On Tuesday the Sun said the police were being made 'scapegoats' for a disaster caused by ticketless hooligans, and on Wednesday it reported claims by Tory MP Irvine Patnick and an unnamed police source that in the crush Liverpool fans picked the pockets of the dead, urinated on police and attacked rescue workers.

The reporter who pulled the story together told the editor

 Kelvin MacKenzie he was worried about it and stressed they were allegations, not facts. The 18 or so staff sent to cover the disaster and more aware of who to trust and what went wrong were in Liverpool, not the newsroom. The editor laid out a front page with the headline 'The Truth', and in the pub his hacks sat around shaking their heads and predicting trouble.

To read Fleet Street Fox's FULL ARTICLE click HERE.

The BBC's reporting is HERE

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Tuesday, 11 September 2012

Mindfulness of breathing - Thich Nhat Hanh

Thich Nhat Hanh teaches four exercises about mindful breathing concerning the body;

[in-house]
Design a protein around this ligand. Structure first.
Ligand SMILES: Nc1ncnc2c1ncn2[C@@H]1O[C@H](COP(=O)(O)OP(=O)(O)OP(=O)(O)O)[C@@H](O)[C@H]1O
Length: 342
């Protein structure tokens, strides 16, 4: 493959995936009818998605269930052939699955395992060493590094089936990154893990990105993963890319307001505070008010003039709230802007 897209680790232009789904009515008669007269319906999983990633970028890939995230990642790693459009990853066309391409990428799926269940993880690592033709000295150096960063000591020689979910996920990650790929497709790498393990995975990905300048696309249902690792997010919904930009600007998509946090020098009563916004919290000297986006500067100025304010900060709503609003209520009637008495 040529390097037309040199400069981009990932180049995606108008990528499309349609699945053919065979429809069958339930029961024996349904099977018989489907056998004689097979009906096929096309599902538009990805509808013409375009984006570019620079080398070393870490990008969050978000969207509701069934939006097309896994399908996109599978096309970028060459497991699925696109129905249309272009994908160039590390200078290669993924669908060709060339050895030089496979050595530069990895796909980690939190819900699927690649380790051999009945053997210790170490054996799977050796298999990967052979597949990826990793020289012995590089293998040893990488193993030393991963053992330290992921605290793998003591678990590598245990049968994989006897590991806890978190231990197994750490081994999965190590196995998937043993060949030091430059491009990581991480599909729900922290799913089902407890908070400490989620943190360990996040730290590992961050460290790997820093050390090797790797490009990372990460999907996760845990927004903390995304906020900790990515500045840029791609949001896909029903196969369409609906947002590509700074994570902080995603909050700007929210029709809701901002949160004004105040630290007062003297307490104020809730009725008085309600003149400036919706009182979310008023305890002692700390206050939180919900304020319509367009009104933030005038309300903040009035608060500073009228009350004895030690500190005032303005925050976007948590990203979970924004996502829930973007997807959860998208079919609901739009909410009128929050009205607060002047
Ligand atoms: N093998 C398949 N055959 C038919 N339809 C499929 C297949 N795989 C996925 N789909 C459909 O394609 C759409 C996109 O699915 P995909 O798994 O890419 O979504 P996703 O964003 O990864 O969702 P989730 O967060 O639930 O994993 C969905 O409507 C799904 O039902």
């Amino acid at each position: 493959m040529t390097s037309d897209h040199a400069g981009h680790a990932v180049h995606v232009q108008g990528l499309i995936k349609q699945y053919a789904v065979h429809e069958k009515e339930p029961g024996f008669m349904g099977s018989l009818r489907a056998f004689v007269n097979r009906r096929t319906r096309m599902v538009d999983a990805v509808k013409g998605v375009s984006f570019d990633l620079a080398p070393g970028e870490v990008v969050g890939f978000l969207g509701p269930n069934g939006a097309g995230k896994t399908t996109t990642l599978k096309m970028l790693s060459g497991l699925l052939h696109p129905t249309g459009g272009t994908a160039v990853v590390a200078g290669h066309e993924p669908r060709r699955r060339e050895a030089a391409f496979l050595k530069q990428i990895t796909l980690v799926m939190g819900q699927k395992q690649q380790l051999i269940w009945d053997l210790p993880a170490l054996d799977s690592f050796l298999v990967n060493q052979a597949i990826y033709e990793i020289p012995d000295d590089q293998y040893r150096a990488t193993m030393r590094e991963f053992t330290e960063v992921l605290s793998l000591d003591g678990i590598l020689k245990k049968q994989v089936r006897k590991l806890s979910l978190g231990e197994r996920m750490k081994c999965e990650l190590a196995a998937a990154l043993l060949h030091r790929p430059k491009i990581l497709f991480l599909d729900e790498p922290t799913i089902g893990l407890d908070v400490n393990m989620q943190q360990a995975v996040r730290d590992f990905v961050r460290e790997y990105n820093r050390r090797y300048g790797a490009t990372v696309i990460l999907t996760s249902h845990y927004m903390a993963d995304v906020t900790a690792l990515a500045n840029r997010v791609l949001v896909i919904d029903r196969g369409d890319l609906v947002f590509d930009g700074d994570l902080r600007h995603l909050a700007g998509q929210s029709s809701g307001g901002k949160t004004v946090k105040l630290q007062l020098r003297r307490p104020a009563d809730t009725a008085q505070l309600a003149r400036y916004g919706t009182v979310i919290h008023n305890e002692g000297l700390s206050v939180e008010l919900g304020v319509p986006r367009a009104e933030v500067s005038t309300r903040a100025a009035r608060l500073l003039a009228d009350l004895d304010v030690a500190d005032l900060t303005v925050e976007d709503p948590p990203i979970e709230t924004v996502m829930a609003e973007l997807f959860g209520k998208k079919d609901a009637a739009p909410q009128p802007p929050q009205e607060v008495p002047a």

Breathing in, I am aware that I am breathing in; breathing out, I 
am aware that I am breathing out.

I breathe in, and I am aware of the length of my in-breath; 
breathing out, I am aware of the length of my out-breath.

I breathe in and I am aware of my whole body.

Breathing in, I calm the activities of my physical body.

Go HERE to read Thich Nhat Hanh's 

Mindfulness of Breathing 1 - 

Dharma Talk given on July 24, 1998  in Plum Village, France.

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Buddhism and Merleau Ponty - a paper by Tran Phuoc Phuong Thao

Interesting paper


During the last decade, many psychotherapists have successfully applied 
meditation on treatment and rehabilitation for the patients who get affected by 
depression, drug abuse or antisocial behaviors… to bring them back to normal life. 
However, to those who have the incurable illness, incompetent of living an 
ordinary life is little paid adequate attention.  Whether or not it is possible for them 
to live a good life within illness is, nonetheless, a challenging question for us. With 
a holistic approach, this paper will articulate the importance of mindful breathing 
started on the physical body as an ethical meditation so that the body can transform 
within.  Concept of the lived body in Merleau Ponty‟s phenomenology will be 
modified in the Buddhist context. The purpose is to elicit the interwoven of the 
body and the world in the perpetual perception, and the efficiency of attention will 
be cultivated in the practice of mindful breathing so as to remodel the intentional 
habit of dichotomous conception of the agency and grasping attitude. The shifting